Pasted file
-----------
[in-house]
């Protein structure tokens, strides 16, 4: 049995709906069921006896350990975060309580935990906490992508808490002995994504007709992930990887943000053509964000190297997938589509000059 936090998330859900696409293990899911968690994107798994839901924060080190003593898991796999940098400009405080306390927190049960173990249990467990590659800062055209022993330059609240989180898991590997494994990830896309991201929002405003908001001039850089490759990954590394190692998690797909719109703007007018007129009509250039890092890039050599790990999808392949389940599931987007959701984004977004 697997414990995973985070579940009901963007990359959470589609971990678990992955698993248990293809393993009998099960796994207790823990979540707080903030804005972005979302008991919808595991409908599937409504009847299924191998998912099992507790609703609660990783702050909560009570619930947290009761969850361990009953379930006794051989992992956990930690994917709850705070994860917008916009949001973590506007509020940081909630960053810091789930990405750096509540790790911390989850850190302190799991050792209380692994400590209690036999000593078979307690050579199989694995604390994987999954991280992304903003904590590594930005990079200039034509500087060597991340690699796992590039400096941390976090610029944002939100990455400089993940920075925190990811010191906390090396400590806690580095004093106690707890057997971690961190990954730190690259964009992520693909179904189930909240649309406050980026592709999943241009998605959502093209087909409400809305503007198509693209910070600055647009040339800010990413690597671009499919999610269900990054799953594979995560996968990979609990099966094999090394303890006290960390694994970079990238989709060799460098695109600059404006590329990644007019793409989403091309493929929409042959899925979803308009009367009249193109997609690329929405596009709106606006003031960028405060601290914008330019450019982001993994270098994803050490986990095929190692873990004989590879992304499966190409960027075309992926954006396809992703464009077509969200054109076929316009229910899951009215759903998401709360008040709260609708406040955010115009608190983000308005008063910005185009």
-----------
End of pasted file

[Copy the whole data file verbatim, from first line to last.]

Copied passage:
[in-house]
């Protein structure tokens, strides 16, 4: 049995709906069921006896350990975060309580935990906490992508808490002995994504007709992930990887943000053509964000190297997938589509000059 936090998330859900696409293990899911968690994107798994839901924060080190003593898991796999940098400009405080306390927190049960173990249990467990590659800062055209022993330059609240989180898991590997494994990830896309991201929002405003908001001039850089490759990954590394190692998690797909719109703007007018007129009509250039890092890039050599790990999808392949389940599931987007959701984004977004 697997414990995973985070579940009901963007990359959470589609971990678990992955698993248990293809393993009998099960796994207790823990979540707080903030804005972005979302008991919808595991409908599937409504009847299924191998998912099992507790609703609660990783702050909560009570619930947290009761969850361990009953379930006794051989992992956990930690994917709850705070994860917008916009949001973590506007509020940081909630960053810091789930990405750096509540790790911390989850850190302190799991050792209380692994400590209690036999000593078979307690050579199989694995604390994987999954991280992304903003904590590594930005990079200039034509500087060597991340690699796992590039400096941390976090610029944002939100990455400089993940920075925190990811010191906390090396400590806690580095004093106690707890057997971690961190990954730190690259964009992520693909179904189930909240649309406050980026592709999943241009998605959502093209087909409400809305503007198509693209910070600055647009040339800010990413690597671009499919999610269900990054799953594979995560996968990979609990099966094999090394303890006290960390694994970079990238989709060799460098695109600059404006590329990644007019793409989403091309493929929409042959899925979803308009009367009249193109997609690329929405596009709106606006003031960028405060601290914008330019450019982001993994270098994803050490986990095929190692873990004989590879992304499966190409960027075309992926954006396809992703464009077509969200054109076929316009229910899951009215759903998401709360008040709260609708406040955010115009608190983000308005008063910005185009």